Frontier Airlines on Monday announced it will offer direct flights between Denver and Missoula International Airport four days a week beginning June 13.
From Denver, travelers will be able to connect to more than 30 locations, including Washington, D.C., Atlanta and New York.
The announcement was a turnaround from a previous statement during the Missoula Economic Partnership’s annual investor update meeting in November that Frontier would not be bringing service to town in 2014.
The courtship process to bring Frontier to Missoula lasted several years, and Frontier’s senior director of planning and scheduling said the fit appears to be a good one.
Visitors, businesses and residents alike will benefit from the added option, Robert Westgate said.
To get to Missoula for Monday’s announcement, Westgate spent about $1,000, he said.
“It kind of brought home to me the impact of being here,” he said.
Flights from Missoula to Denver will run Tuesday, Thursday, Saturday and Sunday, while flights from Denver to Missoula will be Monday, Wednesday, Friday and Saturday.
Westgate added that Frontier intends to make the service on its full-size airplane year-round, depending on demand this summer.
Missoula Economic Partnership’s Air Service Taskforce played a crucial role in securing the carrier, several said, with Westgate saying that MEP made the process easier and increased Frontier’s confidence in coming to Missoula.
Adding a low-cost carrier to Missoula is good for business and economic development, said James Grunke, president and CEO of MEP.
Savings on air travel can now be spent on things like research and development and expansion, he said.
“That’s why we’re excited to welcome Frontier to Missoula,” he said.
David Bell, who has been involved with the taskforce, said the addition of Frontier helps businesses in several ways.
“The reason is that competition, almost without exception, drives down costs,” said Bell, president and CEO at ALPS Corp.
ALPS has offices in the Midwest and on the East Coast, Bell said, adding that employees often travel by air.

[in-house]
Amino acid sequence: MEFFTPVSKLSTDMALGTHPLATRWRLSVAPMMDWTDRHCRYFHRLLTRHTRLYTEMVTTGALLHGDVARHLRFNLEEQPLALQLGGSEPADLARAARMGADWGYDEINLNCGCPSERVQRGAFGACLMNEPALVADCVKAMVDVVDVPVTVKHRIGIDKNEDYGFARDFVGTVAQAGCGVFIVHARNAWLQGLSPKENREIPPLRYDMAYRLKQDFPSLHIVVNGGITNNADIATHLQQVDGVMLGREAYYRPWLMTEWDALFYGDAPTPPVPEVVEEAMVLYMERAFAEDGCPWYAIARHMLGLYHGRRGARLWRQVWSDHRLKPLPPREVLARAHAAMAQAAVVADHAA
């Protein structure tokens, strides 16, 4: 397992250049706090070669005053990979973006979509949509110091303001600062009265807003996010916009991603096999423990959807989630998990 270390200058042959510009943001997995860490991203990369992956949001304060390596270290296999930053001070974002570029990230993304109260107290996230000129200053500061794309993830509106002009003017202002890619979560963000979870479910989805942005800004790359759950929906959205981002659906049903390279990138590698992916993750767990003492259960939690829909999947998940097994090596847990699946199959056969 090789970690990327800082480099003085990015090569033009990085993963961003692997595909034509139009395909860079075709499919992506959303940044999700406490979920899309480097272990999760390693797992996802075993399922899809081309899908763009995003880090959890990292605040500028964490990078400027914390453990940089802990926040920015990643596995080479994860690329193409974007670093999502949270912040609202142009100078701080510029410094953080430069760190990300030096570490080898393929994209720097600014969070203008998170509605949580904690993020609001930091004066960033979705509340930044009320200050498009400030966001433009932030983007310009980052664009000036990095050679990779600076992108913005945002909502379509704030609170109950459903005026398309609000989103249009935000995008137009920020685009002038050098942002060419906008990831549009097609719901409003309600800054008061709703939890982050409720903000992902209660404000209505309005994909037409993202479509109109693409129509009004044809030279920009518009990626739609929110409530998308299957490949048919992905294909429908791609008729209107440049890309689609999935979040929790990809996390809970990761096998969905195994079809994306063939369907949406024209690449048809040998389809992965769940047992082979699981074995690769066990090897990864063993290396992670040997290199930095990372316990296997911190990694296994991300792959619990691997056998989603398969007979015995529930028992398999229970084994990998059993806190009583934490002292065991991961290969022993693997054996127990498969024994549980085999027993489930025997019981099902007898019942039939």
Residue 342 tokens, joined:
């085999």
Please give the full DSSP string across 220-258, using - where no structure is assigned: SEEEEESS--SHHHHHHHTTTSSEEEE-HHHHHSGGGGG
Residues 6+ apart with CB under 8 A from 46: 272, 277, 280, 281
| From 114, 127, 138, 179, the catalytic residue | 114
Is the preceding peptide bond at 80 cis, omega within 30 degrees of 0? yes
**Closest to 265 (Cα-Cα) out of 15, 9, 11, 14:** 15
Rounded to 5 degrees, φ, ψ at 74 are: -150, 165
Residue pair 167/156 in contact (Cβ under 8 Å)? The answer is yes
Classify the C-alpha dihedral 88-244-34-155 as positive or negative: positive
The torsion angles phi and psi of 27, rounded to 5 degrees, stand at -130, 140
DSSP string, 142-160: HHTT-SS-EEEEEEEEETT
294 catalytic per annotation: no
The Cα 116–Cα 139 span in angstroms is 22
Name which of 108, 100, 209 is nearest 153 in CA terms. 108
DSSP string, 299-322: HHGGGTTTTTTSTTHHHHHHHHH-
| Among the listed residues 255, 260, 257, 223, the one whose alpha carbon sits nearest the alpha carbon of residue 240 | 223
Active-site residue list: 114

Lower fares mean more money for ALPS’ bottom line. They also mean that when businesses consider where to increase staff, Missoula and Montana become competitive, he said.
Adding Frontier means that Missoula is now competitive with Bozeman – a place Mayor John Engen said he’s tired of hearing about.
“And that doesn’t get any better in my mind,” Engen said.
Because Missoula is now competitive with Bozeman, it will be easier to attract conferences and events to town, said Barbara Neilan, director of Destination Missoula and head of the Tourism Business Improvement District.
Before, Neilan used lower costs for hotels and food to grab the attention of organizers; now, the lower airfares will be a selling point as well, she said.
Tourism brings $300 million to Missoula each year, she said, and Frontier’s services will help reduce the number of people who fly into other airports in the state.
“It gives people a lot of options both in and out of Missoula,” Neilan said. “Just across the board, it’s going to be a great thing for the community.”
Along with Frontier, Delta, United, Alaska and Allegiant offer flights from Missoula. Because the new carrier had been kept under wraps until Monday morning, the airport has not received much feedback from the other carriers, said Cris Jensen, the airport’s director.
Lower fares could help stop leakage of passengers to other airports, including Bozeman and Spokane, Jensen said.
Currently about 30,000 people choose other airports each year, he added.
Including Frontier, 50,000 seats will be available for travelers in July, the airport’s busiest month, Jensen said.
Already, the airport has been experiencing growth, including the addition of Delta flights and Alaska Airlines bringing back its nonstop service to Portland, Ore., he said. Not including Frontier, about 370,000 seats are expected to be available this year.
The growth means the airport board has been discussing several construction projects that could expand parking and upgrade seating and bathroom areas, he said.
“I think Frontier just kind of adds an exclamation mark on the conversation,” Jensen said.
However, several leaders warned that the service is “use it or lose it,” and Grunke said MEP’s next step is to ensure that Frontier sees success.
Westgate said he’s confident demand will be strong for the 138 seats available on the Airbus 319 aircraft even if other carriers lower their rates. He added that he hopes travelers remember the reason other carriers’ prices decrease is because of Frontier adding competition, and that they will choose Frontier.
Flights are available for as low as $65 each way through Wednesday, then from $79 through Sunday. Afterward, fares will be in the low $100 range, Westgate said, and can be booked at flyfrontier.com. Frontier has operated for 20 years, and offers flights to more than 75 destinations in the U.S., Mexico, Costa Rica, Jamaica and the Dominican Republic, with its primary hub at Denver International Airport.